Anyone who wants to fish can learn how. Shore fishing is an enjoyable sport for the whole family. It provides quality time with the added excitement of feeling a bite on your line.
Please remember to keep an eye on your children, as they should never be unsupervised around the water.
If you have to walk, ride or drive to the water, it doesn't matter. Just get there.
Start at your local tackle dealer. Ask the salesperson about shore fishing spots they recommend. If they want your business, they will do whatever it takes to help get you hooked on shore fishing. DO NOT BUY THE MOST EXPENSIVE GEAR AVAILABLE. You can literally catch fish on a hook and line tied to a stick. So buy a moderately priced rod and reel. You can buy the more expensive gear as you get more involved with shore fishing. And remember, some of the real flashy baits are sometimes designed to catch the fisherman's eye, not the fishes.
Ask other fishermen for advice, or maybe to let you go along on their next shore fishing outing. In general, fishermen are a friendly bunch that enjoys helping out. If you have a relative or friend that likes to fish, even better. They will have the added pleasure of your company.
Now let's look at the types of rods and reels available. We will only concentrate on 2 types for now: Spin casting and Spinning. (Bait casting reels require extra instruction that we will not get into right now. Also, fly fishing is a whole different set of instructions and techniques.)
A spin casting reel is probably the easiest to master (works great for children). It is mounted on the top of the rod, and is kept in this position for casting and retrieving. The spin casting rod will probably have a "pistol" style grip handle. The "eyes" or line guides are small, and do not increase very drastically as they go from the tip of the rod to the handle. A medium action rod is great for beginners.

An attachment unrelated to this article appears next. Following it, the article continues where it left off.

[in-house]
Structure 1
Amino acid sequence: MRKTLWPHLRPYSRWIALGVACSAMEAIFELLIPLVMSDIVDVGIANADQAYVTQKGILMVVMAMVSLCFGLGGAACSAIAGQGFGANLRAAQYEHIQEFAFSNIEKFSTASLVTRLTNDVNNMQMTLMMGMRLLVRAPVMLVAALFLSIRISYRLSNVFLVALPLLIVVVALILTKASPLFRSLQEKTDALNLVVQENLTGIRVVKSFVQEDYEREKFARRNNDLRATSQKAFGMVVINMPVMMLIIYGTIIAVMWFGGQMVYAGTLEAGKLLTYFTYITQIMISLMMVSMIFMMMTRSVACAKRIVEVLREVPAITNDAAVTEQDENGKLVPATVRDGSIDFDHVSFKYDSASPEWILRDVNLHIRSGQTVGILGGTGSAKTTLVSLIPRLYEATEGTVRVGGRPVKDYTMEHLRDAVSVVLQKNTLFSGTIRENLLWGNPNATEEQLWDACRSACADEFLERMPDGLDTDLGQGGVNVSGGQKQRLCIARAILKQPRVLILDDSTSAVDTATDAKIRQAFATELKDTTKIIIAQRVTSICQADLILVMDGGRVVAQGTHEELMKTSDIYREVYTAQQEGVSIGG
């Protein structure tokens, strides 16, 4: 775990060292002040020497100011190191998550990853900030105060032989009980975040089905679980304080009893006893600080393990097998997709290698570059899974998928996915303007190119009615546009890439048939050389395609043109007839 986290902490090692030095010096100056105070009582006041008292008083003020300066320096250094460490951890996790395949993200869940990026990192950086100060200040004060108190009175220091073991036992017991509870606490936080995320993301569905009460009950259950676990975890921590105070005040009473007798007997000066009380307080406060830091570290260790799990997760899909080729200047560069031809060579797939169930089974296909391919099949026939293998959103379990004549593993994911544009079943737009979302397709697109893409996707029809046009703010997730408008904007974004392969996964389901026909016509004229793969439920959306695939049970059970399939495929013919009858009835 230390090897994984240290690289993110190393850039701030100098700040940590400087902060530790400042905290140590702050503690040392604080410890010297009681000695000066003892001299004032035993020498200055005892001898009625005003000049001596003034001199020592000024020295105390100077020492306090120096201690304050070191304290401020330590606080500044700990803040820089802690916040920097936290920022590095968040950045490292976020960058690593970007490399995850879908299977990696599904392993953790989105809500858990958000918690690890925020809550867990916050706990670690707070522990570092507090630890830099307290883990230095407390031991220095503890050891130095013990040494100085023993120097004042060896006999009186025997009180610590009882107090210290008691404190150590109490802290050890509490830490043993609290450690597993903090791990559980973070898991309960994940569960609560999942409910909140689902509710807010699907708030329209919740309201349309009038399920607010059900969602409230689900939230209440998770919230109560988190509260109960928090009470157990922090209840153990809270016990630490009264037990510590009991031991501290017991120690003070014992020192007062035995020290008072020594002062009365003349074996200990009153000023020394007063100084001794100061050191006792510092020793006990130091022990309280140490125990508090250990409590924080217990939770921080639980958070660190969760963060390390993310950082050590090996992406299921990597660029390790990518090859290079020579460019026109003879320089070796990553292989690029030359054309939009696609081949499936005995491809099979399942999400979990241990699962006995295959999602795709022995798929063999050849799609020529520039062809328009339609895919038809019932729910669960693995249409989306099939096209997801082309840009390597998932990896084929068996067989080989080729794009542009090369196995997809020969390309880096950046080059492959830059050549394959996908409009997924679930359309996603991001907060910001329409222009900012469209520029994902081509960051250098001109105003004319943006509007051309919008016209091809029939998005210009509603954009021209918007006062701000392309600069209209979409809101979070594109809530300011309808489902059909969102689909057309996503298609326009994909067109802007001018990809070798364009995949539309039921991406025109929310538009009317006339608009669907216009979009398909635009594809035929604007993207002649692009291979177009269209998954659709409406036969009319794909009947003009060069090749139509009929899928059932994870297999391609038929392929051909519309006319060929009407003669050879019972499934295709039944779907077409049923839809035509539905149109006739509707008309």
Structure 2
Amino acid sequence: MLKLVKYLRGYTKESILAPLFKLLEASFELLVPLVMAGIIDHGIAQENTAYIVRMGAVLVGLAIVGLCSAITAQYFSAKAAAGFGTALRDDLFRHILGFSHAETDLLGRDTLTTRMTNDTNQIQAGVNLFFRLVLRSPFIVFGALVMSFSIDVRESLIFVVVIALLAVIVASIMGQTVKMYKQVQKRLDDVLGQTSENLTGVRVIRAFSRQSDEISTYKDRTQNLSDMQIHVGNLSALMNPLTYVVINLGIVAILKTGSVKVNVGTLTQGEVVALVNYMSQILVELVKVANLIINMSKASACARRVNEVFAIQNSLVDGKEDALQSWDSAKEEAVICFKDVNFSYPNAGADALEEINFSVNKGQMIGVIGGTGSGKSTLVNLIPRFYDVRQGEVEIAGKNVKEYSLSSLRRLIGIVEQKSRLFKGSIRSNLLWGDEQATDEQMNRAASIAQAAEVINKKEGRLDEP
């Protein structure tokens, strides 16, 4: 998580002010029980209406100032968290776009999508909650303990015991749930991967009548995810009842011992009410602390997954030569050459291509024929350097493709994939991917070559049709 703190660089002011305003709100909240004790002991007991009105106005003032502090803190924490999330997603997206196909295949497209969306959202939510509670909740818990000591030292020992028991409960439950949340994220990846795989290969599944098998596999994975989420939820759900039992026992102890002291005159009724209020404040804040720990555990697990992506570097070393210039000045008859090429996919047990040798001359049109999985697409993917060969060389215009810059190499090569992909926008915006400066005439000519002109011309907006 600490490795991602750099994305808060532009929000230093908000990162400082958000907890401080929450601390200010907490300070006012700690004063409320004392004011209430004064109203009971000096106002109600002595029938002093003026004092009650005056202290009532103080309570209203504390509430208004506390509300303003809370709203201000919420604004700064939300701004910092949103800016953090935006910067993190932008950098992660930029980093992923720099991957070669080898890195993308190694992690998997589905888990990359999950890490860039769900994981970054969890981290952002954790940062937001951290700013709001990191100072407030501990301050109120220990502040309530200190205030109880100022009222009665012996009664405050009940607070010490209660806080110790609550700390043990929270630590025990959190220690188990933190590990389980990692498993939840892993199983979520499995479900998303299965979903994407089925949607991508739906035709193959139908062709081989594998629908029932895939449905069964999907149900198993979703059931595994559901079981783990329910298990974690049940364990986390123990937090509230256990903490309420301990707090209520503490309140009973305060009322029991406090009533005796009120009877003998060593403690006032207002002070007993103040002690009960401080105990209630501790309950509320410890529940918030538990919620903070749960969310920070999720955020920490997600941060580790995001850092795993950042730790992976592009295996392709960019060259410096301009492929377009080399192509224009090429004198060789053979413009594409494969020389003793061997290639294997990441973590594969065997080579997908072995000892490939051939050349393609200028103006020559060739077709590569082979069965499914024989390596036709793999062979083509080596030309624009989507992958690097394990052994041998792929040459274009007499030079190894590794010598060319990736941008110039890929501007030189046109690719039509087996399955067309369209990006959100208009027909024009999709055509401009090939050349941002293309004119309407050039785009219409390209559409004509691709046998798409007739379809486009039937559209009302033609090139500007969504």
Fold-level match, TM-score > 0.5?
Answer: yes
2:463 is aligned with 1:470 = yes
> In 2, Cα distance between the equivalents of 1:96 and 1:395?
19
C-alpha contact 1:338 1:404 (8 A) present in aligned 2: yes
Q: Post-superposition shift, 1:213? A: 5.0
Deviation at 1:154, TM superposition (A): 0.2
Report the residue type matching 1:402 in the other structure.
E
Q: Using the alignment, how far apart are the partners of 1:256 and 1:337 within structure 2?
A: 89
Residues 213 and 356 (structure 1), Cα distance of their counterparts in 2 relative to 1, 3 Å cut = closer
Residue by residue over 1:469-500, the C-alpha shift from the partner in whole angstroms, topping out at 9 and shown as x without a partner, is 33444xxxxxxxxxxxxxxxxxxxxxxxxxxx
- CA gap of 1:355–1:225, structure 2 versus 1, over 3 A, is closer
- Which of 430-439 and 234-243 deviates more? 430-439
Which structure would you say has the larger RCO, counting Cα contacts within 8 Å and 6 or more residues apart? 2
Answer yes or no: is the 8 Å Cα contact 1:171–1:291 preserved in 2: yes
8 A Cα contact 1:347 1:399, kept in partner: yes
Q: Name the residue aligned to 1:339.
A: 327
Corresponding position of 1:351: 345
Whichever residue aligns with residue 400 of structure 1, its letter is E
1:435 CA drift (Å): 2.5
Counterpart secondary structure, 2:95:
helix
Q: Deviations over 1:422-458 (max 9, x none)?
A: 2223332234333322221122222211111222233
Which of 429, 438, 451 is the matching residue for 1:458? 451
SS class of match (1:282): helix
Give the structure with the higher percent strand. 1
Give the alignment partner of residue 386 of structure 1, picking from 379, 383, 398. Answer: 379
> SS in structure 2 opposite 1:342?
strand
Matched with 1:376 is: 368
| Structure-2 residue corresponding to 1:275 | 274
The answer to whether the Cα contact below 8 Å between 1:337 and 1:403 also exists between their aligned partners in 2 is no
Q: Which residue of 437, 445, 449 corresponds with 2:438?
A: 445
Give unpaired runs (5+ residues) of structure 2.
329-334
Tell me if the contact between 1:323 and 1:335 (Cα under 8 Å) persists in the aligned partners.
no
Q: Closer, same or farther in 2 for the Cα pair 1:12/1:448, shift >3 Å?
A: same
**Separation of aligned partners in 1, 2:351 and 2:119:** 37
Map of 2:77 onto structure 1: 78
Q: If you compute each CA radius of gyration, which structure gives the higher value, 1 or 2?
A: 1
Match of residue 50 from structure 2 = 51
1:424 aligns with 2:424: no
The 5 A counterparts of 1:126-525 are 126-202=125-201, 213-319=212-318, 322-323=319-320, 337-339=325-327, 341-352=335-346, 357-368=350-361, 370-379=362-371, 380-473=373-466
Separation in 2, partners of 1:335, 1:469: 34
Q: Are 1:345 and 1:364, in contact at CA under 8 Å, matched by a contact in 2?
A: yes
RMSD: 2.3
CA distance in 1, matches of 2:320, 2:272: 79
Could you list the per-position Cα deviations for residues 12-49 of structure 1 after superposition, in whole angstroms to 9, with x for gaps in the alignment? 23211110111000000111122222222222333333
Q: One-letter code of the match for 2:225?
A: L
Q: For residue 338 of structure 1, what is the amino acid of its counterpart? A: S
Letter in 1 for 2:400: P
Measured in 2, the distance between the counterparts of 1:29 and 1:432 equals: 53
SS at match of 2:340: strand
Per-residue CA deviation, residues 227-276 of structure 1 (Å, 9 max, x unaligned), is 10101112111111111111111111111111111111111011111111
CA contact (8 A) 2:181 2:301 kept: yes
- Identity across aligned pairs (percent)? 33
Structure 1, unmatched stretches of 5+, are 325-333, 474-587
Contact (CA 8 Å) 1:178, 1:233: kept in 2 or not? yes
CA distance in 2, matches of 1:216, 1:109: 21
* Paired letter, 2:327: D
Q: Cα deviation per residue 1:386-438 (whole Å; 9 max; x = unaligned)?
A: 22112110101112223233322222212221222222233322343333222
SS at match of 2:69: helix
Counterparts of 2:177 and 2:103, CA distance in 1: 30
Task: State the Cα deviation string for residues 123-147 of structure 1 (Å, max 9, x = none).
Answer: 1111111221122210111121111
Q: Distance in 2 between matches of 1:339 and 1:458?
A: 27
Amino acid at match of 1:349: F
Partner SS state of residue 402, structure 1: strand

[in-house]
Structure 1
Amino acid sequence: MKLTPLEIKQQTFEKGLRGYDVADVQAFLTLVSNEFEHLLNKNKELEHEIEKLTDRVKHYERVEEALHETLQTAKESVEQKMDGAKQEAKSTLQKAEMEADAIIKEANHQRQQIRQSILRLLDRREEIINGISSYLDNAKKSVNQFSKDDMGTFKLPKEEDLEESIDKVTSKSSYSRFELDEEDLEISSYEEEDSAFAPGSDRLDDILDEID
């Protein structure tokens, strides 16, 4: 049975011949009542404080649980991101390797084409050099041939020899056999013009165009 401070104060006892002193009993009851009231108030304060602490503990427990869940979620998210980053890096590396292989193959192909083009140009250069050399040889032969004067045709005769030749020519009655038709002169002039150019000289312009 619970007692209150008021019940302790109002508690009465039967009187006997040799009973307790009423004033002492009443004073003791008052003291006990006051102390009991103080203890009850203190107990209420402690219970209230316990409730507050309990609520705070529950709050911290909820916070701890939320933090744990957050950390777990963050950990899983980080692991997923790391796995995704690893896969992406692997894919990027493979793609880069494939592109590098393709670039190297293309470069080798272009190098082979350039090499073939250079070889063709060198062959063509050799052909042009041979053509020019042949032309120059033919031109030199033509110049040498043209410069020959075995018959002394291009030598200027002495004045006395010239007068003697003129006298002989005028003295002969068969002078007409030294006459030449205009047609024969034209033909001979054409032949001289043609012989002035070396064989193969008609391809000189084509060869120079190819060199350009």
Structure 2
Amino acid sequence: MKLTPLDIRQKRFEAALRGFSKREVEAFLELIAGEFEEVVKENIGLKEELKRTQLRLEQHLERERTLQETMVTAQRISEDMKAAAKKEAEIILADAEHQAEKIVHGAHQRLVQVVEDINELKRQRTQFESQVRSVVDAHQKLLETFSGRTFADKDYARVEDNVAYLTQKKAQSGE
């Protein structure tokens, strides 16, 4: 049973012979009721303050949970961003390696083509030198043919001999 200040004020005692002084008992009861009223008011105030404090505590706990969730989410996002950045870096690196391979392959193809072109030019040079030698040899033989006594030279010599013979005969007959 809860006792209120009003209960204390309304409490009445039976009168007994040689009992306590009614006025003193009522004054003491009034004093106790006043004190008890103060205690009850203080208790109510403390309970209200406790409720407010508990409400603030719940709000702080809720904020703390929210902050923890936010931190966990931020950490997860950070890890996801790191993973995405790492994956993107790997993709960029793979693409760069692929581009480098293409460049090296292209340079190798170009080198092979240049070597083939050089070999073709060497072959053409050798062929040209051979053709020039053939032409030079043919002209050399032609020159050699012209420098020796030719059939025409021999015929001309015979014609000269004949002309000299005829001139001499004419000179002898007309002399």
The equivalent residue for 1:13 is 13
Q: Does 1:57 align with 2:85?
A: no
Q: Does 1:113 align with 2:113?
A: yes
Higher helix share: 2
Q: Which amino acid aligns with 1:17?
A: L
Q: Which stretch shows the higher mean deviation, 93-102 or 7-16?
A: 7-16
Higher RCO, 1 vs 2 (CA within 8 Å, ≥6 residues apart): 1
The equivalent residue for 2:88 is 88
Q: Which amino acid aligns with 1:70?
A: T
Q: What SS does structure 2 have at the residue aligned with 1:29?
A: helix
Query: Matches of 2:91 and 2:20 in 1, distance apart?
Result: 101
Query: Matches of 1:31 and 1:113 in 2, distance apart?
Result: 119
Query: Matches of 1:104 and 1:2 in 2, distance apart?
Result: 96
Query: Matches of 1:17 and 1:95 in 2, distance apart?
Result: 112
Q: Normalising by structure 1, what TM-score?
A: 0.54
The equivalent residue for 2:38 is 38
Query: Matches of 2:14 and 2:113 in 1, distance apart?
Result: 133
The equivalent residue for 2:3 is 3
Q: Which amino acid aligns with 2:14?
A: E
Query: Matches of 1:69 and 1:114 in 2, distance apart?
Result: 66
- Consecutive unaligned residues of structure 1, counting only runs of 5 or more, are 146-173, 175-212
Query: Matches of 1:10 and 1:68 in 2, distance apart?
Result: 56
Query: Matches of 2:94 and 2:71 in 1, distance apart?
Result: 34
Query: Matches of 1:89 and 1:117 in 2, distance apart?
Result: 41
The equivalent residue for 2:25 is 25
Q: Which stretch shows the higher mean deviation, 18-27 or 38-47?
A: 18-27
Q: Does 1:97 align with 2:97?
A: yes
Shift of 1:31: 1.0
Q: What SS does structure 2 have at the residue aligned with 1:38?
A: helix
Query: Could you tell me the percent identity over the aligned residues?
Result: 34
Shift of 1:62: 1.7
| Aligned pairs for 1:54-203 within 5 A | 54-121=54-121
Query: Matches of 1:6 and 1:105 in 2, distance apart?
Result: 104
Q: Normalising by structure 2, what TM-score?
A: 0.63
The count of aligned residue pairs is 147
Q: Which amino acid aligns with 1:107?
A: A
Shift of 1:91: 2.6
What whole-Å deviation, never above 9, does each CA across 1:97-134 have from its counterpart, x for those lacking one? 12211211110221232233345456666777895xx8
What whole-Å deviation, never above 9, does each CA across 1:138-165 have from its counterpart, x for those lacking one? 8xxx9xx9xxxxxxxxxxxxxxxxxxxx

To cast the line, press the release button (at the back of the reel) with your thumb. Make sure your lure is hanging loose from the tip of the rod by a few inches. Facing where you want to cast, keep the elbow of your casting arm at your side. Now bring the rod tip up over your shoulder (avoid bringing it up from the side for now). Stop when the rod is at about a 45-degree angle behind you (2:00 position). With a quick and smooth motion, snap your hand forward to about 45-degrees in front of you (11:00 position). Release your thumb from the button, but let your arm continue to follow through till the rod is parallel to the ground (9:00 position). With practice, you'll learn when to release the button to get your lure to the right spot.
A spinning reel is probably the easiest to learn to cast accurately. It is mounted on the bottom of the rod, and is kept in this position for casting and retrieving. The spinning rod will probably have a long straight handle. The "eyes" or line guides are larger then a spin casting rod, and they do increase very drastically as they go from the tip of the rod to the handle. A medium action rod is great for beginners.
To cast the line, flip the bail (the curved metal piece at the front of the reel) and hook the line with your index finger. Make sure your lure is hanging loose from the tip of the rod by a few inches. Facing where you want to cast, keep the elbow of your casting arm at your side. Now bring the rod tip up over your shoulder (avoid bringing it up from the side for now). Stop when the rod is at about a 45-degree angle behind you (2:00 position). With a quick and smooth motion, snap your hand forward to about 45-degrees in front of you (11:00 position). Release your index finger from the rod, but let your arm continue to follow through till the rod is parallel to the ground (9:00 position). With practice, you'll learn when to straighten your finger to get your lure to that specific spot.
The main difference between the two styles, is how the line is released.
Want to cast further?